Cadillac 3.0L vs BMW 3.0L: Sports Luxury Engine Comparison

BMW has established its brand personae by edging toward the performance end of the luxury versus performance scale.  Mercedes traditionally leans toward the luxury end of the same spectrum.  Both BMW and Mercedes have released cars which pressed the boundaries of their traditional inclinations of course.  Cadillac has also released luxury performance models across the spectrum, from the speed demon super car sedan CTS-V to the sporty but efficient SRX SUV.

The mainstream Cadillac base engine in the CTS Family and 2010 SRX is the new 3.0 L VVT direct injection V6, the LF1.  The latest BMW 3.0L is not the normally aspirated 3L used in the BMW 3-series, but rather a related engine called N52B30 used in the X3 and X5 SUV’s making 260hp, and in the 2009 BMW Z4 sDrive30i subcompact convertible making 255 hp.

Let’s compare how the Cadillac engine stacks up with the Sporty BMW power plant.  I think everyone agrees that BMW knows how to make engines — the engine, along with the steering quality, get the most comments / compliments from the automotive press in BMW reviews.  So the question is, how well does the Cadillac LF1 Engine compare?


The 6-cylinder normally aspirated engine: powerful and light thanks to magnesium.

Offering spontaneous power and performance, excellent motoring refinement and outstanding efficiency, the 6-cylinder naturally-aspirated engine … offers the very best in its segment. Weighing just 355 lb thanks to its composite magnesium/aluminum crankcase, cylinder head cover made of a special synthetic material and lightweight camshafts with aluminum VANOS control unit, is exceptionally light.

While BMW’s VALVETRONIC engine management controls valve stroke on the intake valves, double-VANOS varies the angle of the intake and outlet valves in an infinite process. This allows particularly efficient use of fuel, providing a “beefy” torque curve and giving the engine instant response.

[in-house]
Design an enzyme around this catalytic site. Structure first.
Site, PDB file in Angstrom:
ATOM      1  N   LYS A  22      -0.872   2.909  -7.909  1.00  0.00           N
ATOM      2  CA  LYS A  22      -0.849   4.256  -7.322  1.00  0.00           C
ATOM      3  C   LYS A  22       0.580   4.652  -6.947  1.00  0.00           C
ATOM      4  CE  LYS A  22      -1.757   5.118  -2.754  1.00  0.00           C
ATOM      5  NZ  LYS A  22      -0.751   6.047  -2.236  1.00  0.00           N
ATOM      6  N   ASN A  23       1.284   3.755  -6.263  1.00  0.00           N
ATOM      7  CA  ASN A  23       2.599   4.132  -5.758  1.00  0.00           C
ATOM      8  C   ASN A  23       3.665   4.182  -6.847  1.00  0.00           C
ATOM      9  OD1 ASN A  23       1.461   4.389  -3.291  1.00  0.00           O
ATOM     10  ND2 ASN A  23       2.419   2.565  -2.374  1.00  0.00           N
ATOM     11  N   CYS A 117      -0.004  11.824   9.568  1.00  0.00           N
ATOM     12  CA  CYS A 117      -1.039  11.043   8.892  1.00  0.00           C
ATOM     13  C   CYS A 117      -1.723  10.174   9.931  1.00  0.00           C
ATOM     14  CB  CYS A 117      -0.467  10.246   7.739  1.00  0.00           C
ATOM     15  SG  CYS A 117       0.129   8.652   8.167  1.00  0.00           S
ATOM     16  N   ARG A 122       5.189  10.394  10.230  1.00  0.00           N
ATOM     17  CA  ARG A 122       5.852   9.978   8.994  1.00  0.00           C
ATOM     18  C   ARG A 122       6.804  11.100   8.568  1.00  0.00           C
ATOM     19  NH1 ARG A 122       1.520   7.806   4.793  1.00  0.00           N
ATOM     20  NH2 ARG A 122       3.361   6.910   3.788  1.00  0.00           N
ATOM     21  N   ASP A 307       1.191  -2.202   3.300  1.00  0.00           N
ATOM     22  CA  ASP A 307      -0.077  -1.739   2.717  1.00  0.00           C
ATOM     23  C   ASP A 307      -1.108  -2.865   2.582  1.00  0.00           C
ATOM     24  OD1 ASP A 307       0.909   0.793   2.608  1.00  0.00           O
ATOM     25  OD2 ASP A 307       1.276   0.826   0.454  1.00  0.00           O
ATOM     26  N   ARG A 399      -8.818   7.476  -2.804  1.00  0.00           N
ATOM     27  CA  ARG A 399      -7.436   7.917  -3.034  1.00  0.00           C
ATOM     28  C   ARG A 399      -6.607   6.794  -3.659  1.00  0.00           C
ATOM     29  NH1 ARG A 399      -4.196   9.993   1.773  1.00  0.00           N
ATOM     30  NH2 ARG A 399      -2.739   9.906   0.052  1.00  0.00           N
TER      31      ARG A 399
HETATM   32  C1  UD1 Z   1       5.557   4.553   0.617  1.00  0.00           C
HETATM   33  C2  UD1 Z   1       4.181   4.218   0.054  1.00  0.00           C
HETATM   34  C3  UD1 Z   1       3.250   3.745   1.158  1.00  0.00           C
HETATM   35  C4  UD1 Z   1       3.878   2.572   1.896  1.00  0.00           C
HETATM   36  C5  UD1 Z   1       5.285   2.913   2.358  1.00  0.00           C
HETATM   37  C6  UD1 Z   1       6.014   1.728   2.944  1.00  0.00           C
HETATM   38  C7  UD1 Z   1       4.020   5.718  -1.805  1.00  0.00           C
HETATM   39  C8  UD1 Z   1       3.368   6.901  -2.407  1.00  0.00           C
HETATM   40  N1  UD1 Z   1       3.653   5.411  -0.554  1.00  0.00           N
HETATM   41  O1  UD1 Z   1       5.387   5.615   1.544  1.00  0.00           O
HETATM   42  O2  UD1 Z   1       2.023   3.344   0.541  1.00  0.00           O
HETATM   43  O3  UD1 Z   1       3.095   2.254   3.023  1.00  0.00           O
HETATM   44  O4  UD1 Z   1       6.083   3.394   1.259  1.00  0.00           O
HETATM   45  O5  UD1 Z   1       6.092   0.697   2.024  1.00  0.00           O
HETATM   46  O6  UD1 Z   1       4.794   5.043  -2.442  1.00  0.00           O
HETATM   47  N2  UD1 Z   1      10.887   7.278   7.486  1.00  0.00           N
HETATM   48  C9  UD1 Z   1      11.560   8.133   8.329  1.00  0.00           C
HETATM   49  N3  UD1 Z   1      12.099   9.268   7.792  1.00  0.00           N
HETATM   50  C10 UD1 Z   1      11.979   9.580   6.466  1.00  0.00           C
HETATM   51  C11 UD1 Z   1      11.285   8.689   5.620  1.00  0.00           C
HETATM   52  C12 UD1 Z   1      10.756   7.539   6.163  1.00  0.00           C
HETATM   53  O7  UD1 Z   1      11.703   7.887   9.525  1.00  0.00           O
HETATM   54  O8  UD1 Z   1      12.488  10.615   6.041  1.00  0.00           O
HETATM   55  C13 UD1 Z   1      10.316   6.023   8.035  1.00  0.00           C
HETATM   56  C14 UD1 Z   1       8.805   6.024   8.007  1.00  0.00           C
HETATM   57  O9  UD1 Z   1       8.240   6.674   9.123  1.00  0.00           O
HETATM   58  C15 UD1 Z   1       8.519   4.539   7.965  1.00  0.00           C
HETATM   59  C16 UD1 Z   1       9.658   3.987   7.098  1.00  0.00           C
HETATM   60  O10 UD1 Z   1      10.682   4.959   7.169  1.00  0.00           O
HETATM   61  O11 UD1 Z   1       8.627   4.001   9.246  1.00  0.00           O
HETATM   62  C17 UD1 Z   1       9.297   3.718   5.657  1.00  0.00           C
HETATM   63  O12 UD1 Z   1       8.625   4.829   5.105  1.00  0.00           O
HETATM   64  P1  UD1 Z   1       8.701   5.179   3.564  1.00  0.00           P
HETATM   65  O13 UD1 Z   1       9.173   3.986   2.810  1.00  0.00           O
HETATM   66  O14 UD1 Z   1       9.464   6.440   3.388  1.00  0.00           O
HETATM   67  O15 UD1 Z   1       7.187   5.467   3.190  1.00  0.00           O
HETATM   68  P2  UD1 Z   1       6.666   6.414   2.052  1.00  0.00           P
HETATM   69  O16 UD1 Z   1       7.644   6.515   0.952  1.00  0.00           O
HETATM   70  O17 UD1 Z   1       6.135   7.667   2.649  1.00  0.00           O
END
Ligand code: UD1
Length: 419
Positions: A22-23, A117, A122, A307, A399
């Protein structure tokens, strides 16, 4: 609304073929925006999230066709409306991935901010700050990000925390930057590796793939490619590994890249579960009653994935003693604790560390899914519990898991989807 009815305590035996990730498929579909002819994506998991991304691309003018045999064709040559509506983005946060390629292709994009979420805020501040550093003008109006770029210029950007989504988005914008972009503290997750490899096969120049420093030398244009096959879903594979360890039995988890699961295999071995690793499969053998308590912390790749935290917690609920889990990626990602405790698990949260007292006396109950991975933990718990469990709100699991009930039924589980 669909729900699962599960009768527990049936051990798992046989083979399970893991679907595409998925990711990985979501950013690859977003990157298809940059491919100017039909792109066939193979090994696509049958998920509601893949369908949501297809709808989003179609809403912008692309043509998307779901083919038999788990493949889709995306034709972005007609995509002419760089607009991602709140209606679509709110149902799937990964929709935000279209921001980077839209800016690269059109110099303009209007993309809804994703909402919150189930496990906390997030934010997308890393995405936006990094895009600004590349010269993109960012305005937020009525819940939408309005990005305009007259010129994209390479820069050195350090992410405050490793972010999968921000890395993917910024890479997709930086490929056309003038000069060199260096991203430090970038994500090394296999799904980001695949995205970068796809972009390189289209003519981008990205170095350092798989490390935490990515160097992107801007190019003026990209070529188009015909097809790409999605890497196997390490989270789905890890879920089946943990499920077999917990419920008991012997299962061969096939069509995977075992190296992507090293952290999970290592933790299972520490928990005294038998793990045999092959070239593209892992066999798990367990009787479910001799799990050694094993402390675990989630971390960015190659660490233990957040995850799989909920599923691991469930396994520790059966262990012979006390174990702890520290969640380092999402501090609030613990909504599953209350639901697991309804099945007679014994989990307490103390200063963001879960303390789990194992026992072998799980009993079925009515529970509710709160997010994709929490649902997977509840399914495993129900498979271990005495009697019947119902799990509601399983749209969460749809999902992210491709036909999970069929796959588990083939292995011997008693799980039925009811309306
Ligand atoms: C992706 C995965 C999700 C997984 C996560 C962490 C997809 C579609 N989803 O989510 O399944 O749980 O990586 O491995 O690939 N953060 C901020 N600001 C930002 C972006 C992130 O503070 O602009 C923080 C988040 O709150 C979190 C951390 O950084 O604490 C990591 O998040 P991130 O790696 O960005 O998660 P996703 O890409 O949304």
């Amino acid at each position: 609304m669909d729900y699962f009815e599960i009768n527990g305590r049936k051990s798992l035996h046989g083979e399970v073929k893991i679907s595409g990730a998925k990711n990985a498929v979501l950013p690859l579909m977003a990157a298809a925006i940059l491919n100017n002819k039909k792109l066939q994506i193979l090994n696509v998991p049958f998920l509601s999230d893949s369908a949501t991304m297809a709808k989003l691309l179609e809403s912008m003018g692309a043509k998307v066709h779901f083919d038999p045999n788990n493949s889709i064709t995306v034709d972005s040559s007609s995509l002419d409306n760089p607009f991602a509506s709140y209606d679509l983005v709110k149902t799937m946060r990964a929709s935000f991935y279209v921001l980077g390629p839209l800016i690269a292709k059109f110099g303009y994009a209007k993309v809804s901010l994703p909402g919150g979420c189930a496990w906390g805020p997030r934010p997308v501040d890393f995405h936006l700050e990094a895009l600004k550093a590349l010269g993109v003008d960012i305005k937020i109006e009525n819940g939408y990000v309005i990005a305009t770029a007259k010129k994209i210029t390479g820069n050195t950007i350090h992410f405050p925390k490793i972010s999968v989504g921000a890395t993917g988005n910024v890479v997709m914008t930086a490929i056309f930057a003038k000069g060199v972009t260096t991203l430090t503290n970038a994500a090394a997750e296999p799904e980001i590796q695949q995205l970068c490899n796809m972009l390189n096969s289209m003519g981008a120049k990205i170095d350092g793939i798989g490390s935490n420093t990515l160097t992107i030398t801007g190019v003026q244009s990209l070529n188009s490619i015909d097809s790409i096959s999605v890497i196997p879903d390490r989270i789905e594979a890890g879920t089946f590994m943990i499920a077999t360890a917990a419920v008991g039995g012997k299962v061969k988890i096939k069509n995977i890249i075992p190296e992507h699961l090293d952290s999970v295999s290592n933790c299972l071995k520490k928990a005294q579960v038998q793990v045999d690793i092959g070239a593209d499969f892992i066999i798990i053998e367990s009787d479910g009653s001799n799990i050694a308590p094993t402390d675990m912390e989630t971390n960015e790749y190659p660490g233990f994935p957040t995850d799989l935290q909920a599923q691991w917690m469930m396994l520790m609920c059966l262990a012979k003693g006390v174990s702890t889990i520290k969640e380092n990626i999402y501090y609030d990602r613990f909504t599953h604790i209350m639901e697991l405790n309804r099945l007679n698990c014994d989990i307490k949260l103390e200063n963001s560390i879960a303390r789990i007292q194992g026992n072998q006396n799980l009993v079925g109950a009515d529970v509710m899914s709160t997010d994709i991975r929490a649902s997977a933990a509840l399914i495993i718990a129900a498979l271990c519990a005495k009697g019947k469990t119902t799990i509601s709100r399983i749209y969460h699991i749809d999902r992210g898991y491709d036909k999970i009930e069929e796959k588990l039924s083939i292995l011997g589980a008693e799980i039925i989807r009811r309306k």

The engine in the BMW Z4 sDrive30i develops maximum output of 255 hp from 3.0 liters capacity at an engine speed of 6,600 rpm. Maximum torque of 220 lb-ft, in turn, comes at just 2,600 rpm.

The Cadillac LF1 3.0L: 2010 GM 3.0L V-6 VVT DI (LF1)

The 3.0L V-6 VVT DI LF1 is part of GM’s growing global family of V-6 engines. They were jointly developed for applications around the world, drawing on the best practices and creative expertise of GM technical centers in Australia, Germany, North America, and Sweden.

These engines apply the most advanced automotive engine technology available, from state-of-the-art casting processes to full four-cam phasing to ultra-fast data processing and torque-based engine management. Each delivers a market-leading balance of good specific output, high torque over a broad rpm band, fuel economy, low emissions and first-rate noise, vibration and harshness control, with exclusive durability enhancing features and very low maintenance.

Features of this engine include:

– Direct Injection Technology

– Aluminum engine block and cylinder heads

– Dual overhead cams with four valves per cylinder and silent chain cam drive

– Composite upper intake manifolds

– Integrated exhaust manifolds

– Optimized exhaust manifolds

– Fully isolated composite camshaft covers with added acoustic treatment

Engine Dyno for the Cadillac LF1 V6:

Comparative Stats:

Engine HP RPM Torque RPM
Cadillac LF1 (CTS) 270 7000 223 5700
BMW N52S30 (x3) 260 6600 225 2750


These two engines appear to have very similar performance.  The Cadillac puts out a bit more power, but the BMW is tuned for slightly more low-end torque.  Another factor to consider is that the BMW apparently requires premium fuel, while the Cadillac makes similar power using regular unleaded fuel.

#Cadillac & the 2-mode #Hybrid: #Green #Luxury

The Cadillac Escalade uses a 6L V8 engine with a 2-mode Hybrid power train.  With Cadillac thinking of releasing a 2-mode hybrid + 3.6L DI V6 in the upcoming XTS Platinum, let’s review how the 2-mode Hybrid system works.

2010 Cadillac Escalade Hybrid

Operation:  In a 2-mode hybrid, compact and powerful electric motors are integrated into the transmission and work with traditional transmission gears and electronic controls to provide two modes or ranges of infinitely variable gear ratios. The input split mode is used for launching the vehicle from a stop, driving at low speeds and providing superior performance and moderate load trailer towing. The compound split mode is used primarily when the vehicle is at higher speeds to provide efficient cruising.